- New proposals include consulting on whether employers should be required to provide references for former employees
- move would crack down on rogue employers using references as a bargaining chip, ensuring workers are better protected from threats or intimidation
- part of a wider package cracking down on misuse of non-disclosure agreements (NDAs) and workplace discrimination announced in July
Employers could be stopped from withholding references to any employee under new proposals announced by Business Secretary Andrea Leadsom today (Tuesday 29 October). This would mean that employers could, for the first time, be required to provide at least a basic reference for any former employee.
Business Secretary Andrea Leadsom said:
I am determined to make the UK the best place to work and grow a business – including levelling the playing field between employees and employers. The overwhelming majority of businesses comply with the law, treating their employees with respect and fairness.
But we cannot tolerate the small minority that use nasty tactics like non-disclosure agreements and withholding references to pressure employees into silence, often in cases of serious wrongdoing. These proposals ensure individuals are protected, striking a fair balance between the interests of employers and workers.
These proposals form part of the government’s response to an inquiry on non-disclosure agreements conducted by the Women and Equalities Select Committee (WESC).
Many of the recommendations made by the Committee were addressed in a raft of proposals announced in July to crack down on misuse of non-disclosure agreements, including legislation ensuring that confidentiality clauses cannot prevent individuals disclosing to the police, regulated health and care professionals or legal professionals.
Other recently proposed legislation includes:
- ensuring employers make clear the limitations of a confidentiality clause, in plain English, within a settlement agreement and in a written statement for an employee, so individuals signing them fully understand what they are signing and their rights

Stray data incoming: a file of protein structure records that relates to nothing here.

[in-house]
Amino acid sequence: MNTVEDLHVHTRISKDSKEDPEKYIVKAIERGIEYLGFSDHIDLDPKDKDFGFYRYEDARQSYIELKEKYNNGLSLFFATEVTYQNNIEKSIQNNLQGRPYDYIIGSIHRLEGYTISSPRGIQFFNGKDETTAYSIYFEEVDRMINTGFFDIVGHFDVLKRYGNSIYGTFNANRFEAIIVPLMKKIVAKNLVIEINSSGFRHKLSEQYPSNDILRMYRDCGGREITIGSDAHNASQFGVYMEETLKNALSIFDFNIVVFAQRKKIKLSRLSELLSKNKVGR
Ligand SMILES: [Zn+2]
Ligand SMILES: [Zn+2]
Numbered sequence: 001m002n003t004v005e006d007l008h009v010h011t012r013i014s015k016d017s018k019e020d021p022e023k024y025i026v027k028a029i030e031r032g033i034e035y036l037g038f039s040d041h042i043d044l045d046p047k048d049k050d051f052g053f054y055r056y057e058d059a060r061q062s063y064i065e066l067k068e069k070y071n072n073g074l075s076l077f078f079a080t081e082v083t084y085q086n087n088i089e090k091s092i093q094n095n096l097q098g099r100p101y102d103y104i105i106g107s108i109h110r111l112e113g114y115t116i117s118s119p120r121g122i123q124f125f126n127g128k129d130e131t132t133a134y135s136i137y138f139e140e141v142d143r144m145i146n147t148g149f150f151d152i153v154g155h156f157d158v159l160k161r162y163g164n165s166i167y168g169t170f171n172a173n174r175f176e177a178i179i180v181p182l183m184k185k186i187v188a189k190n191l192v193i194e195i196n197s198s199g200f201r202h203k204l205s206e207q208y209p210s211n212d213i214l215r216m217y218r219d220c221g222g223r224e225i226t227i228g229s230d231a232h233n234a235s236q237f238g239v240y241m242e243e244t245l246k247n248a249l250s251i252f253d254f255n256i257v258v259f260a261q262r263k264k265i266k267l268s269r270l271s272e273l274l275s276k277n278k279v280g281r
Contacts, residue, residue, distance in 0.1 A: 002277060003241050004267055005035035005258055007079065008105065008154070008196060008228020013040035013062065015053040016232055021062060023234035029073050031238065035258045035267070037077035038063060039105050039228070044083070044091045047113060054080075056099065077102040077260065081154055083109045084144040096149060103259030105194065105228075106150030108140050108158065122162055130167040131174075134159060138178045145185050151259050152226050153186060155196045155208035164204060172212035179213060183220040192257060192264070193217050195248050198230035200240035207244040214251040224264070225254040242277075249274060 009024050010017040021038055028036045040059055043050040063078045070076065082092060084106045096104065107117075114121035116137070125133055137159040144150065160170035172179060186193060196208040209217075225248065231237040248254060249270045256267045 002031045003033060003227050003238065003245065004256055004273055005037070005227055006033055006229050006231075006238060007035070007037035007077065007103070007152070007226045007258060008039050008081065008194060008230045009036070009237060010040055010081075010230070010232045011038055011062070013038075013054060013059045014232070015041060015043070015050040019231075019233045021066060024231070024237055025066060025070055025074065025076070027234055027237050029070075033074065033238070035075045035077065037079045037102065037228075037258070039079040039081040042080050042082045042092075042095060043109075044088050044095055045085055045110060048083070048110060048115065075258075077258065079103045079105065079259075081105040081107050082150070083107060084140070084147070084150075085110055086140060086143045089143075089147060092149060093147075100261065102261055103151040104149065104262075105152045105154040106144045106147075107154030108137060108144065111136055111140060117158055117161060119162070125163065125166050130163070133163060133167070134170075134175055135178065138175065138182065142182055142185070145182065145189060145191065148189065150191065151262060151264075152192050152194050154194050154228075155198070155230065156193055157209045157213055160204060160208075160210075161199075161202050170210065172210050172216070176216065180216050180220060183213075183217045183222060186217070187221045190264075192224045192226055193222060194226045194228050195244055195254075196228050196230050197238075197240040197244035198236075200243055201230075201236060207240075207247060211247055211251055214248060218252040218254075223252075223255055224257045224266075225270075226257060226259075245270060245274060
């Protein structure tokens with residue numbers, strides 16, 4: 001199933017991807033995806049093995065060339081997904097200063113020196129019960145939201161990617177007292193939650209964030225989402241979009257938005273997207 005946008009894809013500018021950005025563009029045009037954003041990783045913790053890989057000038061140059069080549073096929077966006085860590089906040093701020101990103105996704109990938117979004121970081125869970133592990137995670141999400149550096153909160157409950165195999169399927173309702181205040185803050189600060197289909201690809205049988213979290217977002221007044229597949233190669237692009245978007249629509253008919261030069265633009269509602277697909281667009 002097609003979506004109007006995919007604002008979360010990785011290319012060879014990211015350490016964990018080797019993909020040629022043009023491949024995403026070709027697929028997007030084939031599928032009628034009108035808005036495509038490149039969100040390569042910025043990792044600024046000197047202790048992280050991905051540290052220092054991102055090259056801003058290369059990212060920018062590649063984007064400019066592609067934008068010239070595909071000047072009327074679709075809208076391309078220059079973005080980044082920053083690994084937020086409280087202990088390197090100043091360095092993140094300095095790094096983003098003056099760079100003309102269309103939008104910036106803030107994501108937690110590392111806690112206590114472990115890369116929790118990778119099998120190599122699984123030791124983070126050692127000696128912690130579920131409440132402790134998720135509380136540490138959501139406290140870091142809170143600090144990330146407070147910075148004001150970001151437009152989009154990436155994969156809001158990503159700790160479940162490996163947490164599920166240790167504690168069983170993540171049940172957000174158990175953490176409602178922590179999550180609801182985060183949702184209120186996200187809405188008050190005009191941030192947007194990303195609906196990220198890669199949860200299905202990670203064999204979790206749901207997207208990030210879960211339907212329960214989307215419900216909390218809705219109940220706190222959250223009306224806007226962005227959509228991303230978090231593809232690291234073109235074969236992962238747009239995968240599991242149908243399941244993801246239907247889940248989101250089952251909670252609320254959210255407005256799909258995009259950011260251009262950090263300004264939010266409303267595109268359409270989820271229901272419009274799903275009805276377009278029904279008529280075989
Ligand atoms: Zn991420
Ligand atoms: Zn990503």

- extending current legislation so that individuals signing NDAs will get independent legal advice on the limitations of a confidentiality clause – including making clear that information can still be disclosed to police, regulated health and care professionals, or legal professionals regardless of an NDA
- introducing new enforcement measures to deal with confidentiality clauses that do not comply with legal requirements – for example, an NDA in a settlement agreement that does not follow new legislative requirements will be legally void
These plans reinforce the government’s commitment to balance the needs of workers and businesses, delivering a UK labour market fit for the modern world of work.
Government announced an initial crackdown on NDAs on 21 July 2019 – including proposals to:
- legislate so that no provision in a non-disclosure agreement can prevent disclosures to the police, regulated health and care professionals and legal professionals
- legislate so that limitations in non-disclosure agreements are clearly set out in employment contracts and settlement agreements
- produce guidance for solicitors and legal professionals responsible for drafting settlement agreements
- legislate to enhance the independent legal advice received by individuals signing non-disclosure agreements
- introduce enforcement measures for non-disclosure agreements that do not comply with legal requirements in written statements of employment particulars and settlement agreements